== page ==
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Leadership Lessons—Learning Lessons

As I am writing this I am sitting at the St. Louis airport. I love watching the military planes fly down the runway past the commercial jets. In my younger years I would have guessed they were F-15s … but I’m sure I’m way off on that. But, they look like those jets.

This got me thinking.

I hear people talk about “our younger generation.” In my previous life I did some training on the difference in generations. What we say about the younger generation our parents said about us. Their parents said the same thing about them. The interesting thing is this younger generation (Gen Y), is extremely akin to those of us that are characterized as Baby Boomers. Very much like us … but they will have balance in their lives. Those of us who are boomers feel that we wear a badge of honor based on the number of hours we work a week.

At one point I saw a speaker discuss the military and this young age group. This got me thinking and I went to Google to find the average age of the military ranks today.

I started with the Marines. Almost 40 percent of the entire Marine force is 18 to 21 year of age. Another 46 percent are 22 – 30. Think about this. Seventy-three percent of all the Marines are under 30. The average age is 25. In fact, the average age of everyone in the military is under 30.

Yet, many of us believe that we can’t trust this generation with learning how to install glass—although this is the age group that will defend our country. These are the Navy Seals. They learn the intelligence of our enemy nations. They are becoming skilled at firing missiles in an area smaller than a windshield. Yet, we aren’t sure if they can learn how to change a windshield and still be working with us six months from now.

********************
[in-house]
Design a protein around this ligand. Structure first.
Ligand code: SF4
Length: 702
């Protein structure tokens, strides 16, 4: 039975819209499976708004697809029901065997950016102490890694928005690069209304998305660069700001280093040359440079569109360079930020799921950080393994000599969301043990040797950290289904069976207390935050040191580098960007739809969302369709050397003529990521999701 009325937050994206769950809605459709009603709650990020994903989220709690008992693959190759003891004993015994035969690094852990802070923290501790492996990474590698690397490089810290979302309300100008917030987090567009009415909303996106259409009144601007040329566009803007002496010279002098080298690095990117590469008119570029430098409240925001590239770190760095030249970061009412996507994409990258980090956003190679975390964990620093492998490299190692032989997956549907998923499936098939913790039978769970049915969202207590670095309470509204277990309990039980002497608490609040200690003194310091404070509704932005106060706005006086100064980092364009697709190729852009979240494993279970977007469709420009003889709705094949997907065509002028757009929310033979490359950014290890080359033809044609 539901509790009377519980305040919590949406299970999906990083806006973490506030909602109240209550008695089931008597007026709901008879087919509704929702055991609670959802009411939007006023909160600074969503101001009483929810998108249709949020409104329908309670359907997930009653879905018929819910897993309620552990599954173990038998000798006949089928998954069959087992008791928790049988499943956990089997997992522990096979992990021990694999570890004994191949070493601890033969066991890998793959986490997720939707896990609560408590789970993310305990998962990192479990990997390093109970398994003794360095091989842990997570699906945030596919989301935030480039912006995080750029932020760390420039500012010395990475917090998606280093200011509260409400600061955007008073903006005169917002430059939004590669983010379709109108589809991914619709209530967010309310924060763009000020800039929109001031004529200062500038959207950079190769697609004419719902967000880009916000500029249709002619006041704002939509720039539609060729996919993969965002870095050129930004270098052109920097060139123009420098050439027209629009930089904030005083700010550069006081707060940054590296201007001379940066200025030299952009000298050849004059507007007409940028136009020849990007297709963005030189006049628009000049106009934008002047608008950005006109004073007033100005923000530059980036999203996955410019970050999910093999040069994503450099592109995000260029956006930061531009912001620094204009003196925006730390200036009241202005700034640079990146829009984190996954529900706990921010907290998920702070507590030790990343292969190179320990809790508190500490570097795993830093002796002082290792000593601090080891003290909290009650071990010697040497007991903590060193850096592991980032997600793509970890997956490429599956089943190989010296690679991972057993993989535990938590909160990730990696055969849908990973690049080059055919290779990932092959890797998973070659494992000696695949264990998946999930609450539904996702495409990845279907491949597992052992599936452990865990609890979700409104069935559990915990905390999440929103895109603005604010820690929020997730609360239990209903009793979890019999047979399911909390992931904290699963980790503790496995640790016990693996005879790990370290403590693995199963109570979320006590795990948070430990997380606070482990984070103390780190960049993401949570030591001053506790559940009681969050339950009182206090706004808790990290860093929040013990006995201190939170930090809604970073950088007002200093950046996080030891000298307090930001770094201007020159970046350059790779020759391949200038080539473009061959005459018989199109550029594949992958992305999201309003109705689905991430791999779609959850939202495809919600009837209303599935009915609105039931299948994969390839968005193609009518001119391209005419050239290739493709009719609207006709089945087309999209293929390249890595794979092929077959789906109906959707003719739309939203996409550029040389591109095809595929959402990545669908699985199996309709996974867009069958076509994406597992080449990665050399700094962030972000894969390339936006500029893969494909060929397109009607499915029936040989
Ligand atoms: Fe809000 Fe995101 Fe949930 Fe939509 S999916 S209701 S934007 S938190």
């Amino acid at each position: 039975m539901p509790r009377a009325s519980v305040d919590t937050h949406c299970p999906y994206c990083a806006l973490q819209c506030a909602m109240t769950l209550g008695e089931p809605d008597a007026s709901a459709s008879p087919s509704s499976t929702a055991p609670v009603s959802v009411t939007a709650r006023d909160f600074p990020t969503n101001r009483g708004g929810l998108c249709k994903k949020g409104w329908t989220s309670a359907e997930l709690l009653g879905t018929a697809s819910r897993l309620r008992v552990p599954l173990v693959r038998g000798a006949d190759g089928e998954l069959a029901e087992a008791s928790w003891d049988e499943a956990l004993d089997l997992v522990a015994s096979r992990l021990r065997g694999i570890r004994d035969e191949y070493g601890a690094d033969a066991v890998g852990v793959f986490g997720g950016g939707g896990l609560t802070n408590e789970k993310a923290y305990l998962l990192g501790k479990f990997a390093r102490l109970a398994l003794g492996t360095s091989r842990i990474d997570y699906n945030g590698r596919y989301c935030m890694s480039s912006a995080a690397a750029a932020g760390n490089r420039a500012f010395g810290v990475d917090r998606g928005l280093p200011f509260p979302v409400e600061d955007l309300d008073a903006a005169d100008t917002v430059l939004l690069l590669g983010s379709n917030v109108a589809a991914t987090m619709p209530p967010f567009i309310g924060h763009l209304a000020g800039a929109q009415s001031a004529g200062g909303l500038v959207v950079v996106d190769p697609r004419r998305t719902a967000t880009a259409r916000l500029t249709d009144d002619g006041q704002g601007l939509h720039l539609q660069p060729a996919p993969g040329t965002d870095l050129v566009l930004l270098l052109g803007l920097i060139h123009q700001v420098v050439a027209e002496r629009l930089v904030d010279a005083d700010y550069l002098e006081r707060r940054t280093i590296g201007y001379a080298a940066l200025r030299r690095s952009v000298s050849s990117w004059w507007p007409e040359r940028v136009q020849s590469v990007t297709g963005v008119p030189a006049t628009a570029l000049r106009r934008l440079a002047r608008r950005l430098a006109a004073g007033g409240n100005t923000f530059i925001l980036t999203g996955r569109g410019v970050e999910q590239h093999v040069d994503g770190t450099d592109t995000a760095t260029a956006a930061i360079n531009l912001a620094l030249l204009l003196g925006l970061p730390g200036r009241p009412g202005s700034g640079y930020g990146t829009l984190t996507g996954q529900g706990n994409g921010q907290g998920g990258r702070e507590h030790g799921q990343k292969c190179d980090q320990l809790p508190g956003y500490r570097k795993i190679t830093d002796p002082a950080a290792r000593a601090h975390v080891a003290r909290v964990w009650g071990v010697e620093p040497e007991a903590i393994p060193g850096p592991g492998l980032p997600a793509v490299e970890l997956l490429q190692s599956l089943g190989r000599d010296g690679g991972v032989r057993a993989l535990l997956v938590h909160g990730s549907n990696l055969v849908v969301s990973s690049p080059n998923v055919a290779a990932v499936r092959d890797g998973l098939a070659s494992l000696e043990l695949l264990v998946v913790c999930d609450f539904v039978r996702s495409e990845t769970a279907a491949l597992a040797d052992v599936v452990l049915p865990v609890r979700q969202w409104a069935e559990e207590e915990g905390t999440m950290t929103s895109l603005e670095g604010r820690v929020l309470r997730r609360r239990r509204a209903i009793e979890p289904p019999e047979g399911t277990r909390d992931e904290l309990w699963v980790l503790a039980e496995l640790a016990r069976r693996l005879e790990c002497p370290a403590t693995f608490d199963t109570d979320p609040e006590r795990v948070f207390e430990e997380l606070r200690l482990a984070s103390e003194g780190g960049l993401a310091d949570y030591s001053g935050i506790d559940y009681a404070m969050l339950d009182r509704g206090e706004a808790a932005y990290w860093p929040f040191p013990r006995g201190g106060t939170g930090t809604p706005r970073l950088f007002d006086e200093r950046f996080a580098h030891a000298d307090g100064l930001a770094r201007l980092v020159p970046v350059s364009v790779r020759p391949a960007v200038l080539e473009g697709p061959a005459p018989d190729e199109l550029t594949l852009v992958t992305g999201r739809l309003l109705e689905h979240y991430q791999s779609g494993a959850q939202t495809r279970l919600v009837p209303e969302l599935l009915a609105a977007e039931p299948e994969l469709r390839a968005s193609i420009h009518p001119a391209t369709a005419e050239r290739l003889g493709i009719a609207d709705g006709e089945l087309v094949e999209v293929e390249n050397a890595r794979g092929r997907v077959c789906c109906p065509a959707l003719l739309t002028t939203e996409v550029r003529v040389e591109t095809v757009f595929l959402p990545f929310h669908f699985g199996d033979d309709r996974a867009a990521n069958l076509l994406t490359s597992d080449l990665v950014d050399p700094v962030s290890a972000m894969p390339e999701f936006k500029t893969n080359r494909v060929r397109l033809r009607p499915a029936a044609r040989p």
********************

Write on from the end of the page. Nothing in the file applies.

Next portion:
See what I’m talking about?

Talk to some of the seasoned techs in your business. Ask them when they got started. I would bet many of them were in their teens or early 20s. I would bet that their parents would have categorized them as unreliable, lazy, not able to learn, and someone their parents would never hire. Yet, 30 – 40 years later, here they are as some of the best techs in our industry who have forgotten more than most of us will ever learn.

Training today is different than it was years ago. We have to understand that. How we learned is not the way we can expect others to learn. Good Leaders understand that. Training methods change. Are you employing the “Tell Me—Show Me—Let Me Try” method of training? We need to keep understanding there is a difference of how we learned versus how we need to train.

Give me an honest answer. Have you ever met anyone, ever, who was great at installing windshields, had a wonderful attitude and work ethic, and had to worry about being out of work? At the same time, can you say the same thing about all of those engineers who figured out how to get a man to the moon in a spacecraft? I’ve heard of hundreds of engineers who lost their jobs because of funding cuts for space explorations. But I don’t know of one person, who is good at our industry, who is looking for work.

I think we need to redefine our attitude in looking for employees. We need to be excited about the opportunities that we offer. Then, we need to figure out how we can best train this group of people and have them as tomorrow’s leaders.

The Marines figured it out. Why shouldn’t we?

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